Patrick Murphy: Leo Varadkar has gone all republican in a bid to head off Sinn Féin and Fianna Fáil

Patrick Murphy

Patrick Murphy

Patrick Murphy is an Irish News columnist and former director of Belfast Institute for Further and Higher Education.

Leo Varadkar recently complained about how "we were forced to accept partition" 100 years ago
Leo Varadkar recently complained about how "we were forced to accept partition" 100 years ago

What appears to be the biggest political theft since the Northern Bank robbery is currently under way in Dublin.

Masterminded by Leo Varadkar, it involves Fine Gael stealing Sinn Féin's political clothes. (No, not the constitutional nationalist clothes which SF stole from the SDLP. These are the republican clothes they wear at parades, commemorations and elections.)

For the first time since partition, Fine Gael (FG) is claiming to be republican. Leo recently complained about how "we were forced to accept partition" 100 years ago. In a significant contribution to rewriting history, he appears to have forgotten that his political predecessors shot 77 anti-partition prisoners during the civil war (the British executed 24 in the War of Independence) and carried out the Ballyseedy massacre.

They also used British-supplied field guns to bombard the anti-partition forces in Dublin's Four Courts. So who was forcing whom to accept partition?

The Taoiseach has gone all republican to head off his election rivals, mainly in SF, but also in Fianna Fáil. To do so, he wields unbridled nationalism as a symbolic political cudgel to flay Ireland's old enemy (the Brits, bad cess to them) in the uncertain world of Brexit.

Rather oddly, he is being helped by Mary Lou McDonald, who appears intent on moving into the political space vacated by FG. For example, on Monday she adopted FG's policy by saying that she was in no hurry for a border poll, which is SF's sole remaining weapon (if you know what I mean) for a united Ireland.

But on Tuesday, in a Trump-like reversal, she wanted the referendum "as soon as possible". Perhaps she just mis-spoke. We can only hope so, because she was also reported as saying that in a united Ireland she would be prepared to dump the Irish national flag and the national anthem. (Will the next step be offering to re-write the Proclamation?)

That puts Mary Lou in danger of repeating Martin McGuinness's mistake of unnecessarily going too far ahead of the party's grassroots, a situation which was retrieved only when Gerry Adams pulled SF out of Stormont. She might usefully follow the example of Michelle O'Neill, who speaks less often but more selectively, an approach which leaves her more politically grounded.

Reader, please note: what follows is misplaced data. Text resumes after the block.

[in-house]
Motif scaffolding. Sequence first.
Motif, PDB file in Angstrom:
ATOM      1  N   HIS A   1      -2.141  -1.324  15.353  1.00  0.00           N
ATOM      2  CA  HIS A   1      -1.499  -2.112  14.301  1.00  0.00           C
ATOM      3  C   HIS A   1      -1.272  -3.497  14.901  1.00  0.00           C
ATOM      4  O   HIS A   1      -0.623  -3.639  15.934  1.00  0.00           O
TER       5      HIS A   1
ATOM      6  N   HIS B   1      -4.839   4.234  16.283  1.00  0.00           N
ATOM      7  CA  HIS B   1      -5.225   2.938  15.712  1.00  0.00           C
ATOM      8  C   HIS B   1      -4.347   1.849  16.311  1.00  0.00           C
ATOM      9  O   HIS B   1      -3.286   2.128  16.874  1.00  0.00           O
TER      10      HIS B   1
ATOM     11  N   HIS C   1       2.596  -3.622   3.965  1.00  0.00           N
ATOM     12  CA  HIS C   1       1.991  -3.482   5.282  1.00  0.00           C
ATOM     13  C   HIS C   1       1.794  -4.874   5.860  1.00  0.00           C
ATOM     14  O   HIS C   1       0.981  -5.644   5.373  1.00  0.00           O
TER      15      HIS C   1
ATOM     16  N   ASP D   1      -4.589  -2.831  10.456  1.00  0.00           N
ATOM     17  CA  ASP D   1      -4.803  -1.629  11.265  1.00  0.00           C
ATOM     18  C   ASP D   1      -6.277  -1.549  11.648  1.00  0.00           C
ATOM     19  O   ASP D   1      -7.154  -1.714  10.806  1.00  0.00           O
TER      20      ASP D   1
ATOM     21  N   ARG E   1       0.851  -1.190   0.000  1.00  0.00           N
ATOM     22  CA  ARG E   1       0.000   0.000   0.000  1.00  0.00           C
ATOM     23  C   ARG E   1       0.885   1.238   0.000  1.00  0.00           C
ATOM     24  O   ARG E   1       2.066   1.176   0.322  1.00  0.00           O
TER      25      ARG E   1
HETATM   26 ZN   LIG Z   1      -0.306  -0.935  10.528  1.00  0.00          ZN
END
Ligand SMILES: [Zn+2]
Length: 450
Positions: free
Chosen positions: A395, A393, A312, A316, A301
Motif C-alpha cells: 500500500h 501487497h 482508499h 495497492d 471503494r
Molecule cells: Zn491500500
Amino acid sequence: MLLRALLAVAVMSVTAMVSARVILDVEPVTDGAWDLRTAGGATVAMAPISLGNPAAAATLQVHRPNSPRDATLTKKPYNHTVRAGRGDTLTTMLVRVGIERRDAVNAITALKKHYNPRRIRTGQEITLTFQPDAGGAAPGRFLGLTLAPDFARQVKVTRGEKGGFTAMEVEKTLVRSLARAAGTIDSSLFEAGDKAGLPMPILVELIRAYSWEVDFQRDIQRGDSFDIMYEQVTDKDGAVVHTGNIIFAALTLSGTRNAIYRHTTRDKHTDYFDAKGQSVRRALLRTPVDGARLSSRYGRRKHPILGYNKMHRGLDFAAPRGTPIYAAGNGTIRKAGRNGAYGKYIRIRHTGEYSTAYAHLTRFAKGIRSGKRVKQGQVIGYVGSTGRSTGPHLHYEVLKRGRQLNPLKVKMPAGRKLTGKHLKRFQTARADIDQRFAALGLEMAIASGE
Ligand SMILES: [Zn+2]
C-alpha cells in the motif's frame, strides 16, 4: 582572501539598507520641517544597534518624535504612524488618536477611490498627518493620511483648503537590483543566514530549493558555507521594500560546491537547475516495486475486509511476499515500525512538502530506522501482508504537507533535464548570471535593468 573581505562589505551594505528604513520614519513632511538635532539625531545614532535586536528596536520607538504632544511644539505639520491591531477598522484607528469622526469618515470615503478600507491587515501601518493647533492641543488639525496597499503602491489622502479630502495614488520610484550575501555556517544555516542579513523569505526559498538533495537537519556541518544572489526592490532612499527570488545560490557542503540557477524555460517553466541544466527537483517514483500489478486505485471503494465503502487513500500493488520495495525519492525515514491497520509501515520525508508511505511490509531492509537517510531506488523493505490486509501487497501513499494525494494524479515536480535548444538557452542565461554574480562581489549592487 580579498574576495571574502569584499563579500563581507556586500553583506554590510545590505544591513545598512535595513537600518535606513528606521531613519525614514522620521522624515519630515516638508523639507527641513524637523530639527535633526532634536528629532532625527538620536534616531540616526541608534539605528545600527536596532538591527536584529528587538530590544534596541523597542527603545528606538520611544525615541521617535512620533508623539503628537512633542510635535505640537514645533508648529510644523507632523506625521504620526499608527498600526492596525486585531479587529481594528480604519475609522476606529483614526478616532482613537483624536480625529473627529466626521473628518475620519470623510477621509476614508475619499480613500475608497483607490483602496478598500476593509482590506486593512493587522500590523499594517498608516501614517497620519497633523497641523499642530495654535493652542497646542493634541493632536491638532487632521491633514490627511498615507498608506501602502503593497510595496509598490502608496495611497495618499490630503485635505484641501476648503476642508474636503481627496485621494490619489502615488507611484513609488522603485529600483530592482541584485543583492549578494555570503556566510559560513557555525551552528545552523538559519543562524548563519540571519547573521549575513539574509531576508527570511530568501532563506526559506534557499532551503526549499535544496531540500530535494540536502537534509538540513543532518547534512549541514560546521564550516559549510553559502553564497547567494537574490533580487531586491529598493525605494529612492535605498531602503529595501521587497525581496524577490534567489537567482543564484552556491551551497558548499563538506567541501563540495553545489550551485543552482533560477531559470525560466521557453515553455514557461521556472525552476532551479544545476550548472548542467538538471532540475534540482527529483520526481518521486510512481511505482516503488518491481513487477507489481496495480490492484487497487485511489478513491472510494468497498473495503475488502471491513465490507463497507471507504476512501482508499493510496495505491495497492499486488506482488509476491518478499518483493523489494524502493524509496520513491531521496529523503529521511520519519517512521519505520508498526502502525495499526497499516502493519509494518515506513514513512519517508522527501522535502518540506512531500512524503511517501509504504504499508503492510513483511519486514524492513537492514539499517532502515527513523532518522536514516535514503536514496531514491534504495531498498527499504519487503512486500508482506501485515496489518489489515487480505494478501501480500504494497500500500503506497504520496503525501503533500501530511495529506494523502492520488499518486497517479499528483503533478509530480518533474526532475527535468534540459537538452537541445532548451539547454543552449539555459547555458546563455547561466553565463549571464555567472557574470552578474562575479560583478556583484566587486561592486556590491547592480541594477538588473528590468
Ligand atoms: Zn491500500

So we are watching a contest between Leo and Mary Lou, two privately educated politicians, over the Mise Éire award for Irish flag waving (if Mary Lou can decide on which flag to wave). They are competing equally in the Mise part of the award, but Leo is easily winning the Éire bit.

But SF is not Leo's main threat. That comes from Fianna Fáil (FF), which currently keeps his minority government afloat through a confidence and supply arrangement. Neither FG nor FF want an election until the Brexit dust has settled, presumably next year.

That leaves Stormont on hold until then, because SF will not fight a southern election while responsible for the current social and economic chaos in the north. It also denies SF an opportunity to make electoral inroads into the Dáil, which is why the party has taken the high-risk strategy of contesting the presidential race as a phoney election.

Meanwhile, Leo needs time to put his personal stamp on FG, in the manner of Tony Blair (and like Blair, his downfall may be his reliance on spin over substance.) Fianna Fáil, which styles itself as the Republican Party, requires time to re-clothe and adopt the hitherto scantily clad orphans in the SDLP, in preparation for next year's northern local elections. This will create a new all-Ireland party or at least an alliance to match Sinn Féin.

(When this column suggested a few years ago that the SDLP's only way forward was the now expected link with FF, it received an indignant riposte from the party. But, as always, yesterday's indignation has become today's mainstream thinking.)

That leaves SF hemmed in by FG and about to be challenged by a new all-Ireland tie-up between FF and the SDLP (called Fianna Fáil-SDLP, the Republican Party?). With the SDLP and Fine Gael posing as neo-republicans and Sinn Féin fitting on Fine Gael's shoes, everyone will soon be wearing someone else's clothes.

All of this has been triggered by Leo Varadkar's opportunism in wrapping the green flag around him to gain support over Brexit. Sinn Féin's reaction suggests that maybe what is happening in Dublin is not a robbery after all. It is becoming increasingly like an auction, where the party is offering its clothes to the highest bidder - which has allowed Fine Gael to dress themselves as unlikely boys of the old brigade. In Ireland, Brexit means political cross-dressing.